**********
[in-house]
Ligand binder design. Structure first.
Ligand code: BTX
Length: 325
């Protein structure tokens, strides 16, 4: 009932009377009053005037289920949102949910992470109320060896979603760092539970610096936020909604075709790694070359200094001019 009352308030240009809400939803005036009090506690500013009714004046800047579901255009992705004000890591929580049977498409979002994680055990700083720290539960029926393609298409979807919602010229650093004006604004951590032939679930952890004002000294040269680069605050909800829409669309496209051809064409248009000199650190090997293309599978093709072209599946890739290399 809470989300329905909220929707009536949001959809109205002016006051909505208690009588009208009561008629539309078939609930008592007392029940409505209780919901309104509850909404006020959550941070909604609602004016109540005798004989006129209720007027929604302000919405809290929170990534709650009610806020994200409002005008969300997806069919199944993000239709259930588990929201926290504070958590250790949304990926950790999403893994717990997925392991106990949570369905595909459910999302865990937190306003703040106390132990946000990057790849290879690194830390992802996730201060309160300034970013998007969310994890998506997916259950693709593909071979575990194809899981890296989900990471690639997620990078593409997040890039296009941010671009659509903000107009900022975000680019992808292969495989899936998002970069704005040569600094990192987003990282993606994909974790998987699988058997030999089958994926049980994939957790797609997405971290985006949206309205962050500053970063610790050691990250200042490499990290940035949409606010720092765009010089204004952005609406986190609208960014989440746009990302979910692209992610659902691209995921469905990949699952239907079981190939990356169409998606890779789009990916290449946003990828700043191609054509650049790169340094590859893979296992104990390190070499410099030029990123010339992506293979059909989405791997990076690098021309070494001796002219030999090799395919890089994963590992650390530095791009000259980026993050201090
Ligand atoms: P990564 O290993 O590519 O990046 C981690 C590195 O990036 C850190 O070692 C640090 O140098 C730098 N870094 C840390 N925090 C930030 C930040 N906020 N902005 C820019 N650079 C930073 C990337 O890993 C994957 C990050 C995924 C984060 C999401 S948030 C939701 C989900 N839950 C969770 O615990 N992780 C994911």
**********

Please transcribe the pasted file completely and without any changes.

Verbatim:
[in-house]
Ligand binder design. Structure first.
Ligand code: BTX
Length: 325
């Protein structure tokens, strides 16, 4: 009932009377009053005037289920949102949910992470109320060896979603760092539970610096936020909604075709790694070359200094001019 009352308030240009809400939803005036009090506690500013009714004046800047579901255009992705004000890591929580049977498409979002994680055990700083720290539960029926393609298409979807919602010229650093004006604004951590032939679930952890004002000294040269680069605050909800829409669309496209051809064409248009000199650190090997293309599978093709072209599946890739290399 809470989300329905909220929707009536949001959809109205002016006051909505208690009588009208009561008629539309078939609930008592007392029940409505209780919901309104509850909404006020959550941070909604609602004016109540005798004989006129209720007027929604302000919405809290929170990534709650009610806020994200409002005008969300997806069919199944993000239709259930588990929201926290504070958590250790949304990926950790999403893994717990997925392991106990949570369905595909459910999302865990937190306003703040106390132990946000990057790849290879690194830390992802996730201060309160300034970013998007969310994890998506997916259950693709593909071979575990194809899981890296989900990471690639997620990078593409997040890039296009941010671009659509903000107009900022975000680019992808292969495989899936998002970069704005040569600094990192987003990282993606994909974790998987699988058997030999089958994926049980994939957790797609997405971290985006949206309205962050500053970063610790050691990250200042490499990290940035949409606010720092765009010089204004952005609406986190609208960014989440746009990302979910692209992610659902691209995921469905990949699952239907079981190939990356169409998606890779789009990916290449946003990828700043191609054509650049790169340094590859893979296992104990390190070499410099030029990123010339992506293979059909989405791997990076690098021309070494001796002219030999090799395919890089994963590992650390530095791009000259980026993050201090
Ligand atoms: P990564 O290993 O590519 O990046 C981690 C590195 O990036 C850190 O070692 C640090 O140098 C730098 N870094 C840390 N925090 C930030 C930040 N906020 N902005 C820019 N650079 C930073 C990337 O890993 C994957 C990050 C995924 C984060 C999401 S948030 C939701 C989900 N839950 C969770 O615990 N992780 C994911």